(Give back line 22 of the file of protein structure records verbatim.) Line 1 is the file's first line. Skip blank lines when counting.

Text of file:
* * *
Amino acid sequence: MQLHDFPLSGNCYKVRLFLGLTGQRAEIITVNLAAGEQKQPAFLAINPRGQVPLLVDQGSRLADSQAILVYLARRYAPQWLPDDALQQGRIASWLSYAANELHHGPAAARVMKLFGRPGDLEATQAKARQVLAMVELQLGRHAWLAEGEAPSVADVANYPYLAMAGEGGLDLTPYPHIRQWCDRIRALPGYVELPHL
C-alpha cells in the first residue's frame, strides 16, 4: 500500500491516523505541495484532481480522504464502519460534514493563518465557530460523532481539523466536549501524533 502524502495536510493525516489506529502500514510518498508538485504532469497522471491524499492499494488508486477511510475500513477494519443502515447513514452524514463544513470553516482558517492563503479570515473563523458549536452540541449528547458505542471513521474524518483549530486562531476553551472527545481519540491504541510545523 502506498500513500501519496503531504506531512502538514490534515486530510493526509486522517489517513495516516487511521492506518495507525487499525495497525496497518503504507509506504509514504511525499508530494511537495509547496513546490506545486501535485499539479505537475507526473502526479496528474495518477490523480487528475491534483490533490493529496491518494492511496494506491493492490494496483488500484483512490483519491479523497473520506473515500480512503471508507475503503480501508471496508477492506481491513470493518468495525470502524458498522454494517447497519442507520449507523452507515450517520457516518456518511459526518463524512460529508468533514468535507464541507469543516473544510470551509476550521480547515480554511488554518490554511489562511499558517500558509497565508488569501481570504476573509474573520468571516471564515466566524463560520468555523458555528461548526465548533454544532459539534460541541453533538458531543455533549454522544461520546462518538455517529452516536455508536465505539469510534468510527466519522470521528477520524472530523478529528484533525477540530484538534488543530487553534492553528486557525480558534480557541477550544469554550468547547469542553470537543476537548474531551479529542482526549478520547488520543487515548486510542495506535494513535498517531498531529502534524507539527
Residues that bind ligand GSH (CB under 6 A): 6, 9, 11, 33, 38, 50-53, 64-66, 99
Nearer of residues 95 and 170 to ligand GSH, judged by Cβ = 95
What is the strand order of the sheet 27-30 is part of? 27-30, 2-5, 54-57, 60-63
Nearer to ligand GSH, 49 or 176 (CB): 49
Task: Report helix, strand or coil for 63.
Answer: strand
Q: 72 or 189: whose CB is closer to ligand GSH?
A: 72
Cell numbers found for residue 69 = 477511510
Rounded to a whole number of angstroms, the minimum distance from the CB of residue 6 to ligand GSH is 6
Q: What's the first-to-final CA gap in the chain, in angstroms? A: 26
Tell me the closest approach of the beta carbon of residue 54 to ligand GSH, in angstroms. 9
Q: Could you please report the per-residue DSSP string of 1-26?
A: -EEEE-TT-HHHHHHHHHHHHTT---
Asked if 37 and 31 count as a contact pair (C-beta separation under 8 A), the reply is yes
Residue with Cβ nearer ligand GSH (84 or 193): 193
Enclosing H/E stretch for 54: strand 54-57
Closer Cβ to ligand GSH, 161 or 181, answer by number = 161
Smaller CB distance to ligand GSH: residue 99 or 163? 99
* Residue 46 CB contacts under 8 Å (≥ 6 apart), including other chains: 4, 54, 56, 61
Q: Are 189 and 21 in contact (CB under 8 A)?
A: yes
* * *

* Residue 46 CB contacts under 8 Å (≥ 6 apart), including other chains: 4, 54, 56, 61